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Georgia lawmakers weighing tougher laws around violent protests

On Behalf of | Mar 6, 2023 | Criminal Defense |

Two pieces of legislation that would increase the criminal penalties for those convicted of engaging in violent protests have made it through the Georgia House of Representatives and will now be considered in the Senate.

One of the bills would make the crime of rioting a felony that would carry up to a 20-year prison sentence. It’s currently a misdemeanor. The crime involves “any two or more persons who shall do an unlawful act of violence or any other act in a violent and tumultuous manner.” 

The other bill would create a new arson offense specifically for setting fire to a police vehicle. A conviction would carry a prison sentence of at least five years and/or a fine of up to $100,000.

Bills are a reaction to recent protests that have turned violent

Both pieces of legislation, which are predominantly supported by Republicans, are an outgrowth of some of the social justice protests in recent years that at times turned violent. Those supporting the stricter laws note that those who instigate the violence are often from outside the state and that they do “brand damage” to the cities where the protests turn violent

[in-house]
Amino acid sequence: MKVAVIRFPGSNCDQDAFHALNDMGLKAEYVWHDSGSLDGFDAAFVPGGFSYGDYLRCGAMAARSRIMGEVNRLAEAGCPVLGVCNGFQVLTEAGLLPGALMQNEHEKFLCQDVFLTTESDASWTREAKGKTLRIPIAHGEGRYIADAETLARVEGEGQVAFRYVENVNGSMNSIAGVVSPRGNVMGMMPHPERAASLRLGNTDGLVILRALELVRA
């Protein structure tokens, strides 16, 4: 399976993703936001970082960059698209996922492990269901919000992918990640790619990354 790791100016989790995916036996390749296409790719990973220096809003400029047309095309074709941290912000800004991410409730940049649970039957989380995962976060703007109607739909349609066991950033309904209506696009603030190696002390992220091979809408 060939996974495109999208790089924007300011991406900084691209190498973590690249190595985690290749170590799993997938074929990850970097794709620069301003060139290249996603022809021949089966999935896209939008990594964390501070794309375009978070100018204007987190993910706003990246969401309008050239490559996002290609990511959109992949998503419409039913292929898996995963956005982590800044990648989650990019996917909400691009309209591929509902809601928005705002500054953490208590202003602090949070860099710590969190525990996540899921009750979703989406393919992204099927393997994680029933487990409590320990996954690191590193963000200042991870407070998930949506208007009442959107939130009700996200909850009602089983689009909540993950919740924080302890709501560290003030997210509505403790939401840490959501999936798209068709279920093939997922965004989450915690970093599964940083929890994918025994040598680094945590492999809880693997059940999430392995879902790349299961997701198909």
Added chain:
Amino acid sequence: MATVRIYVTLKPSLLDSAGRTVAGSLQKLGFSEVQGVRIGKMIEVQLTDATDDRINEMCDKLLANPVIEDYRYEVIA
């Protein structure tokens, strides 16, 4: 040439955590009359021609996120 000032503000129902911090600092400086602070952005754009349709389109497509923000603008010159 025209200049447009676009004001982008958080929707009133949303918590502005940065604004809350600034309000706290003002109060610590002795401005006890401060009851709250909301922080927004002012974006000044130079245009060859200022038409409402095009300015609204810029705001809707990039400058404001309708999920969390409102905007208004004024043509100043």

Although those behind the legislation claim to want to protect peaceful protest, opponents say the changes will make it more expensive – prohibitively so in some cases – for families to bail out those who have been arrested.

House Minority Leader James Beverly asserted that legislators should be dealing with issues that are more important to the lives of Georgia residents. He said, “If you aren’t going to help Georgians, you cannot criticize the way in which they cry out against injustices.”

In the chaos of a peaceful protest that turns violent, it can be hard for law enforcement officers to determine who is actually breaking the law and who got caught in the middle of things. With the stakes likely about to become even greater, it’s important to protect your rights and present your case if you’re facing charges. Having legal guidance is a good first step.